Tensions flared at the Penticton city council meeting on Tuesday regarding the approval to extend the economic investment zone (EIZ) bylaw’s sunset clause, at the request of Wildstone Engineering & Construction after it faced project delays with its 48-unit building at 120 Ellis St.
According to a city staff report, the sitting council in 2014 had implemented the EIZ bylaw to “incentivize certain types of development in the downtown – including employment generators and residential dwelling units.” Under this bylaw, more than 19 projects were completed, equalling nearly $32 million in investment in the downtown.
Wildstone was issued a building permit prior to March 1, 2018, a requirement to qualify for the program which provides a tax exemption on the assessed value of the building for a 10-year period for individual strata unit owners. The previous sunset clause of the EIZ bylaw stipulates that developments must have had their occupancy permits issued no later than Dec. 31, 2019, a deadline Wildstone will miss due to weather delays and the local labour market.
With the extension of this clause to June 30, 2020, the 48 unit owners will split a benefit of $49,669.50 per year, totalling approximately $500,000 over the 10-year benefit period. During this time, owners will still pay tax on the underlying land, which is currently assessed at $802,000, equalling $2,961 per year. All taxes collected by the city on behalf of the hospital district, RDOS, school board, etc. are not included in the exemption.
Coun. Jake Kimberley expressed his frustrations with the previous council’s decision to implement the EIZ bylaw in the first place, a comment Coun. Judy Sentes said she resented as it was “not the time” to discuss the bylaw itself but just the extension. Sentes was an elected council member during 2014 when the bylaw passed into effect, as was current Coun. Katie Robinson, who also voiced her disapproval of the bylaw.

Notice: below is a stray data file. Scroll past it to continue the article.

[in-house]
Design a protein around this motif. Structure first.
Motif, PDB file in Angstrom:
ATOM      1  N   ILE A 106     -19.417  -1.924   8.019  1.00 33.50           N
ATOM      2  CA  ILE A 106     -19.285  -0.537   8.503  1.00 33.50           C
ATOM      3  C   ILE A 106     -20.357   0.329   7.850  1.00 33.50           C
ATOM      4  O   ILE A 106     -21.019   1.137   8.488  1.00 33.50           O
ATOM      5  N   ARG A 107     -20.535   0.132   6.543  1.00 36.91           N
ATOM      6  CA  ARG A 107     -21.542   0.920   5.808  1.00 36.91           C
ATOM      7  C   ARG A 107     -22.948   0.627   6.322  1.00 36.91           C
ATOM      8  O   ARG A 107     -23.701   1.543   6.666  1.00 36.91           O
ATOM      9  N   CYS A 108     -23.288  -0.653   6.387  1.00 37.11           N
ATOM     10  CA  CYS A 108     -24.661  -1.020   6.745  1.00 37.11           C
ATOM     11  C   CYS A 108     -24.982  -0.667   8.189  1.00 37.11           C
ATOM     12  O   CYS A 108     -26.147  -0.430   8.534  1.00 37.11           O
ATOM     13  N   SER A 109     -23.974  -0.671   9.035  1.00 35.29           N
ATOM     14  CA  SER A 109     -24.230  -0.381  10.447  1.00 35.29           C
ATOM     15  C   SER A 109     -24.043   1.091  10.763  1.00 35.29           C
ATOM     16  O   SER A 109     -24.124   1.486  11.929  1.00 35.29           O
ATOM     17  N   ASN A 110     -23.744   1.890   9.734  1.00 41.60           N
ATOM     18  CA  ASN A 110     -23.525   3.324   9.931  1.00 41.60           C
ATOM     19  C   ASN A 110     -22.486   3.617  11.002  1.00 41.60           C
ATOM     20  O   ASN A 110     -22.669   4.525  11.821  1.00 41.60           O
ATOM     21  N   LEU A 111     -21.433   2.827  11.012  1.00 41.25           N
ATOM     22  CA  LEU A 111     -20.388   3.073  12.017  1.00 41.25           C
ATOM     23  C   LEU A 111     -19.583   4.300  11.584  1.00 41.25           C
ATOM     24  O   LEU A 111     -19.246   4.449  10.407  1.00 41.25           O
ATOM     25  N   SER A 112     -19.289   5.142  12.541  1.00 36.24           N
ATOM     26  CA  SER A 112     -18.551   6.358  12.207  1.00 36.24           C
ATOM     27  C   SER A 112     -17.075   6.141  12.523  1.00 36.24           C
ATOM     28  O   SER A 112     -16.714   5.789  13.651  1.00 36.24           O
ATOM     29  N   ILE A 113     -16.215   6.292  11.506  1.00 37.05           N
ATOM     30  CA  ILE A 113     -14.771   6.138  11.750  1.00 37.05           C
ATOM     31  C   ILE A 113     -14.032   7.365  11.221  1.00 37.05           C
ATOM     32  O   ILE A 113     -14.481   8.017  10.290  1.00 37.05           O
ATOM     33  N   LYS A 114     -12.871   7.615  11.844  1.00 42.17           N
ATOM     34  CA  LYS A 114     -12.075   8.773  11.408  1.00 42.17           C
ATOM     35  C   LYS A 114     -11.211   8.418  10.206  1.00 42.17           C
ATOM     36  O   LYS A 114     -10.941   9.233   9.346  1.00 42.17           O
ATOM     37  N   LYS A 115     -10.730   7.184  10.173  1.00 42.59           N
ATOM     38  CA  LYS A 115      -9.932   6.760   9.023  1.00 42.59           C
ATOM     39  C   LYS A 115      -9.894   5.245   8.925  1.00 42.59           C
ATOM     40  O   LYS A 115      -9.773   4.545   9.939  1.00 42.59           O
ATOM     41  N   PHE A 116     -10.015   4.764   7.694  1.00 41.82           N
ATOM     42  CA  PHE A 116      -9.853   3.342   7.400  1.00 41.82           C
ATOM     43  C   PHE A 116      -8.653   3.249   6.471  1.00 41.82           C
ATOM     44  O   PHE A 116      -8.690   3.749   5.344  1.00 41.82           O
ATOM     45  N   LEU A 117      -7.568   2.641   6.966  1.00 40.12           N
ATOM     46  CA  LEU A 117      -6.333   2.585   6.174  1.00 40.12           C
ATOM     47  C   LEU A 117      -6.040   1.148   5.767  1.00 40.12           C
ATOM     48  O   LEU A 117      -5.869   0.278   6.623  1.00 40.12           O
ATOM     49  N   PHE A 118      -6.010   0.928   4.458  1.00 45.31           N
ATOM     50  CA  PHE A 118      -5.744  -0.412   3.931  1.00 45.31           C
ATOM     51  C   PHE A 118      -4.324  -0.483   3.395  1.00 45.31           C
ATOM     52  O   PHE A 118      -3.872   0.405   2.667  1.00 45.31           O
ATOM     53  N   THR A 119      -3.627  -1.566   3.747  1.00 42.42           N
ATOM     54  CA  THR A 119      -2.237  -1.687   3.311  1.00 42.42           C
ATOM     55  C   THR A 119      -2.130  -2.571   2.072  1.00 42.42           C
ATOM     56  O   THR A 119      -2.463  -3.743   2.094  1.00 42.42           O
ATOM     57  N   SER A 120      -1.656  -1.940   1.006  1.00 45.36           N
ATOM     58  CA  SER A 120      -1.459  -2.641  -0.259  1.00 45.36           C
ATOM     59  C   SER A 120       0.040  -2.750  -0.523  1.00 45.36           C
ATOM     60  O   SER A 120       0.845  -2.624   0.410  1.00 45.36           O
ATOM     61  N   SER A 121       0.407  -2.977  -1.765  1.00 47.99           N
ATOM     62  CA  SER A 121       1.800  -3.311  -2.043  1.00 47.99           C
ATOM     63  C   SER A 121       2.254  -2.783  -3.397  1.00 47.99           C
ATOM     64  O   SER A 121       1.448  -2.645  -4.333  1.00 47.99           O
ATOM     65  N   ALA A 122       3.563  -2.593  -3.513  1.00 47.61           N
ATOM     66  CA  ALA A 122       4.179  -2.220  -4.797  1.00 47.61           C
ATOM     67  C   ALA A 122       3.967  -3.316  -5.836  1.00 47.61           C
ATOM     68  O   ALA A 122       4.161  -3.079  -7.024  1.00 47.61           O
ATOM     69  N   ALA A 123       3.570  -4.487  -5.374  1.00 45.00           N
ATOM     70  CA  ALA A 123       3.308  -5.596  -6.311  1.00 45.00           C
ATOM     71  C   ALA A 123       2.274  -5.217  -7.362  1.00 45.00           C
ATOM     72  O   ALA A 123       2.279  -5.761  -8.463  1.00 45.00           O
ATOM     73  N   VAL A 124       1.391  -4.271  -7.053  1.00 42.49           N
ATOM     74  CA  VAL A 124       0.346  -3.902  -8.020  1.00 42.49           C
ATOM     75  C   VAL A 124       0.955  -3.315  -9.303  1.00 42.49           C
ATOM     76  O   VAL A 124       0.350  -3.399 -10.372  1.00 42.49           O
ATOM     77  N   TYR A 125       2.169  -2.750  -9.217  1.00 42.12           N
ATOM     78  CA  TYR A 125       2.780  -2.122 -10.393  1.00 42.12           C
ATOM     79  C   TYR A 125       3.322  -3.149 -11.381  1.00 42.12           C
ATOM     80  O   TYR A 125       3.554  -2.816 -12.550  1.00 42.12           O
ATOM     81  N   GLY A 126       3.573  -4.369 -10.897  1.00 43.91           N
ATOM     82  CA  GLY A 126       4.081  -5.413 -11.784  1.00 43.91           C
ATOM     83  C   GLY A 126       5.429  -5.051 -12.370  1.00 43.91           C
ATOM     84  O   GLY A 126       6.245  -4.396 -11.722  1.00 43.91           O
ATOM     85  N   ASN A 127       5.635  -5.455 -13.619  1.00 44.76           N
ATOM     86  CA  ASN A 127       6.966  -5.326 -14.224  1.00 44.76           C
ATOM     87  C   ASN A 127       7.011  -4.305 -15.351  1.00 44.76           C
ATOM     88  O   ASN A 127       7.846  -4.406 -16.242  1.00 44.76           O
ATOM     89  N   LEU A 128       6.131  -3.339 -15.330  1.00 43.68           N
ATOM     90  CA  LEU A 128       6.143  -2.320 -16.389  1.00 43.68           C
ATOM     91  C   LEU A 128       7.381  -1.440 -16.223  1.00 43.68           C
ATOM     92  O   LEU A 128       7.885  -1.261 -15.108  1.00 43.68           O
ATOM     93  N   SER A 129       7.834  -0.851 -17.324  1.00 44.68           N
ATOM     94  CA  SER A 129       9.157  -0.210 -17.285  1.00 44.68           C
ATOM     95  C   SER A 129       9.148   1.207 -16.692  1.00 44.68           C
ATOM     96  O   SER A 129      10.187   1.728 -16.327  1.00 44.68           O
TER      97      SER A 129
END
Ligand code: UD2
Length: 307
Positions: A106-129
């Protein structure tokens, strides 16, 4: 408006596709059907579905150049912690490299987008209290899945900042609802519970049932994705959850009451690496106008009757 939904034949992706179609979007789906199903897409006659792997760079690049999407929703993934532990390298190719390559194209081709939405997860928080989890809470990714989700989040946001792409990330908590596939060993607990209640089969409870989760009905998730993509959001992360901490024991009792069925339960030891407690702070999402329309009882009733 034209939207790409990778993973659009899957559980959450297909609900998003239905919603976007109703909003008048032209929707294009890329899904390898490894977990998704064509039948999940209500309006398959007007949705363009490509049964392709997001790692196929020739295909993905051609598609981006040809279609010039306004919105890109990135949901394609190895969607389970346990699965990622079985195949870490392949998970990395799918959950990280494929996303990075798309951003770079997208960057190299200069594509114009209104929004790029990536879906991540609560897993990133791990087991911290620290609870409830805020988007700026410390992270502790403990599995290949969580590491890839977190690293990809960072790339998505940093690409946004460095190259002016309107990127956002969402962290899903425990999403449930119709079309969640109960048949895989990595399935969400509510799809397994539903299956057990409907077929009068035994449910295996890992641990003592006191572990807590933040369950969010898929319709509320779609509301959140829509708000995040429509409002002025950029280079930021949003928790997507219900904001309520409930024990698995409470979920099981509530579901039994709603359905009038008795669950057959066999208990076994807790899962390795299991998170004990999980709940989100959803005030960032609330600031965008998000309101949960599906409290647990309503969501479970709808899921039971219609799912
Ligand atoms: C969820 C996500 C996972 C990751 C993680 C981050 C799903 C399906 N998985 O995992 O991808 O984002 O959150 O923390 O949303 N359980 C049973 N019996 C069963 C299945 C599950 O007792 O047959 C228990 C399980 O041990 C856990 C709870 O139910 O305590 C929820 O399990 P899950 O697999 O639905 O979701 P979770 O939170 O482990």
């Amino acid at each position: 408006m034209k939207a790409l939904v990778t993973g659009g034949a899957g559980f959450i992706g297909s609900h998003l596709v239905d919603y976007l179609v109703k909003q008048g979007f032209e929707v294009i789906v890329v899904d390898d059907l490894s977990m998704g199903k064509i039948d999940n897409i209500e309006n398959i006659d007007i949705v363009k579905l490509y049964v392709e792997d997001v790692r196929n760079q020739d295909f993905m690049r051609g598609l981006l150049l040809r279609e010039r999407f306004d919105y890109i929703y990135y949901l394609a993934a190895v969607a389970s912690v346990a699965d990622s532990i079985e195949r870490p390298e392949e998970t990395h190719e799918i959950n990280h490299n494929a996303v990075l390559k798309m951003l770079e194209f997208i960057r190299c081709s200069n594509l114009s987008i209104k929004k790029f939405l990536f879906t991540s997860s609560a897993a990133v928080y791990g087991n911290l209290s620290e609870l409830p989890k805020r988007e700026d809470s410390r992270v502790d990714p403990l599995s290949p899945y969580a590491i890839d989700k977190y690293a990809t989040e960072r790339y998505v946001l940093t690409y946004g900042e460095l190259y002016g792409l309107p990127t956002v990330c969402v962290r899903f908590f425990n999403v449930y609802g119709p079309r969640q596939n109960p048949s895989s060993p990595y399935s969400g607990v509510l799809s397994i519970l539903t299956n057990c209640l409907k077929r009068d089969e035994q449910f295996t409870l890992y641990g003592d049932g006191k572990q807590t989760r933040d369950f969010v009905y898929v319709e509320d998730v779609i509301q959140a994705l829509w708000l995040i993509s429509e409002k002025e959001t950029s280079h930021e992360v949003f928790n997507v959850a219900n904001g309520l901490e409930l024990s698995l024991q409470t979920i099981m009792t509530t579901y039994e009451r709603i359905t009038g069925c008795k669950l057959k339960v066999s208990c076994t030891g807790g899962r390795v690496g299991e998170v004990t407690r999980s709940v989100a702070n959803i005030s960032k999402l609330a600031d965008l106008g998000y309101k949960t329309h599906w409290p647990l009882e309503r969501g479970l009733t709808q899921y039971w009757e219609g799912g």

“Before I came onto council I was very outspoken about these EIZ zones and giving gifts of tax dollars to development. I was totally opposed to it, and I still support the concept that it is the wrong decision because it does not encourage development per-say. That only happens when there’s a market, and that will determine the development,” said Kimberley. “Tax exemptions do not create development. This is just a farce, the whole thing as I see it, truthfully, because in previous years we’ve never had to do this, and this council we’ve given away millions of dollars under this program, that 99 per cent of the taxpayers in this community have got to recover from. We’re giving it away literally.”
Mayor John Vassilaki also expressed that he was not in favour of the extension, and noted that the newly introduced Official Community Plan recommends no longer implementing EIZ bylaws. Coun. Julius Bloomfield voted in favour of the extension and reasoned that this incentive would greatly affect the unit owners and their budgets if it is not honoured by the city.
“I’m in favour of supporting this matter. My sympathies don’t lie with the developer, they put up their money and build something and take the chances, sometimes they make a lot of money and sometimes they don’t,” said Bloomfield. “But my concerns, in this case, are for the people buying into that development. We’ve got 25 to 30 sales in that building where people have budgeted with the deal that they thought they had, and some of them are young families … If we deny this, the benefits that we’re taking away are not from the developer, it’s those people that have bought in.”
Coun. Campbell Watt also supported the extension because “it’s not a loss in tax revenue, it’s a delay in it” and he doesn’t want to see the project rushed to finish in three months to meet the deadline. Coun. Frank Regher was against the extension, using the example of a resident missing their tax filing deadline trying to negotiate with the government to receive an extension.
“I just think that our practices in bylaws should be followed, they’re not meant to be cancelled,” said Regher.
“I guess I just have a different opinion. I absolutely adhere to the philosophy that has been stated about bylaws, we put them in place for a specific reason and there are consequences when they’re not followed,” said Sentes. “But I see it as one of those times that council has the prerogative to look at the scenario and to address the request the developer brought forward. The whole point of the EIZ is being recognized by this development, and there have been some circumstances that have intruded with their completion date.”
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